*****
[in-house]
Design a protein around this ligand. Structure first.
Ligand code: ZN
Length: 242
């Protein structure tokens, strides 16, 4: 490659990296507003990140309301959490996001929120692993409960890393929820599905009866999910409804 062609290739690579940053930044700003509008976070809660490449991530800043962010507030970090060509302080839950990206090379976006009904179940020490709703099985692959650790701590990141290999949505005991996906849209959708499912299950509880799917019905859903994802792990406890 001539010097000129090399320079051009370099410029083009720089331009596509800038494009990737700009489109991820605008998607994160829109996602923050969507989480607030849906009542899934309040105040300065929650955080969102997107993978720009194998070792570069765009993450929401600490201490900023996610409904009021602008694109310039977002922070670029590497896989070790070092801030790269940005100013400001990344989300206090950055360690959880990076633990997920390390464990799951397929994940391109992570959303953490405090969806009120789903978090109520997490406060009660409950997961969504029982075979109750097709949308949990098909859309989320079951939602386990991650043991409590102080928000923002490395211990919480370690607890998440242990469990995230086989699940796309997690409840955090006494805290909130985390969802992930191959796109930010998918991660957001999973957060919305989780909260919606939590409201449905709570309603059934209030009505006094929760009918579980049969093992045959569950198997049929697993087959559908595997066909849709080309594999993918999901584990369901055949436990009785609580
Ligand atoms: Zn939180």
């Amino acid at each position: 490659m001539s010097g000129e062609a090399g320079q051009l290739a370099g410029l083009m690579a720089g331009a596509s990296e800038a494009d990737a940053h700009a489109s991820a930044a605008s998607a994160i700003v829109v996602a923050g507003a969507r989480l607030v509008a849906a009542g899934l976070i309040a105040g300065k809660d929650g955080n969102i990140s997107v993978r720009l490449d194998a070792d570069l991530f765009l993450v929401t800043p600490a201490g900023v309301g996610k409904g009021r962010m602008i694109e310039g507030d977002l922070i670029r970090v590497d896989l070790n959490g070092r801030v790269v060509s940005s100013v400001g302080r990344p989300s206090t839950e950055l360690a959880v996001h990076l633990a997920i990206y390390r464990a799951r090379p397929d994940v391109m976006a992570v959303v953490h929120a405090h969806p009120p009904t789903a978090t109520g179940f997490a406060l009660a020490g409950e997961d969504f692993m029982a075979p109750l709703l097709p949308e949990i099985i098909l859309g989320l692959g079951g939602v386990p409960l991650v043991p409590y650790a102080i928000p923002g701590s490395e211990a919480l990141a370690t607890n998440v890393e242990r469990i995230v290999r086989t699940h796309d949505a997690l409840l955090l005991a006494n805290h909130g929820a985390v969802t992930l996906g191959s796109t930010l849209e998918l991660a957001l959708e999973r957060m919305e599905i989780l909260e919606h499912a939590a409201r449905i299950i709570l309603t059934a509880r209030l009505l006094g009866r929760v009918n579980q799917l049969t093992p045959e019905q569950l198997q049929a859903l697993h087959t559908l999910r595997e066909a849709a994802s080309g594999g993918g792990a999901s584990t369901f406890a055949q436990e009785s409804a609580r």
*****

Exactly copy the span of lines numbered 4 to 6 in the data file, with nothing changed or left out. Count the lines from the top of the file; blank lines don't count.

Length: 242
């Protein structure tokens, strides 16, 4: 490659990296507003990140309301959490996001929120692993409960890393929820599905009866999910409804 062609290739690579940053930044700003509008976070809660490449991530800043962010507030970090060509302080839950990206090379976006009904179940020490709703099985692959650790701590990141290999949505005991996906849209959708499912299950509880799917019905859903994802792990406890 001539010097000129090399320079051009370099410029083009720089331009596509800038494009990737700009489109991820605008998607994160829109996602923050969507989480607030849906009542899934309040105040300065929650955080969102997107993978720009194998070792570069765009993450929401600490201490900023996610409904009021602008694109310039977002922070670029590497896989070790070092801030790269940005100013400001990344989300206090950055360690959880990076633990997920390390464990799951397929994940391109992570959303953490405090969806009120789903978090109520997490406060009660409950997961969504029982075979109750097709949308949990098909859309989320079951939602386990991650043991409590102080928000923002490395211990919480370690607890998440242990469990995230086989699940796309997690409840955090006494805290909130985390969802992930191959796109930010998918991660957001999973957060919305989780909260919606939590409201449905709570309603059934209030009505006094929760009918579980049969093992045959569950198997049929697993087959559908595997066909849709080309594999993918999901584990369901055949436990009785609580
Ligand atoms: Zn939180």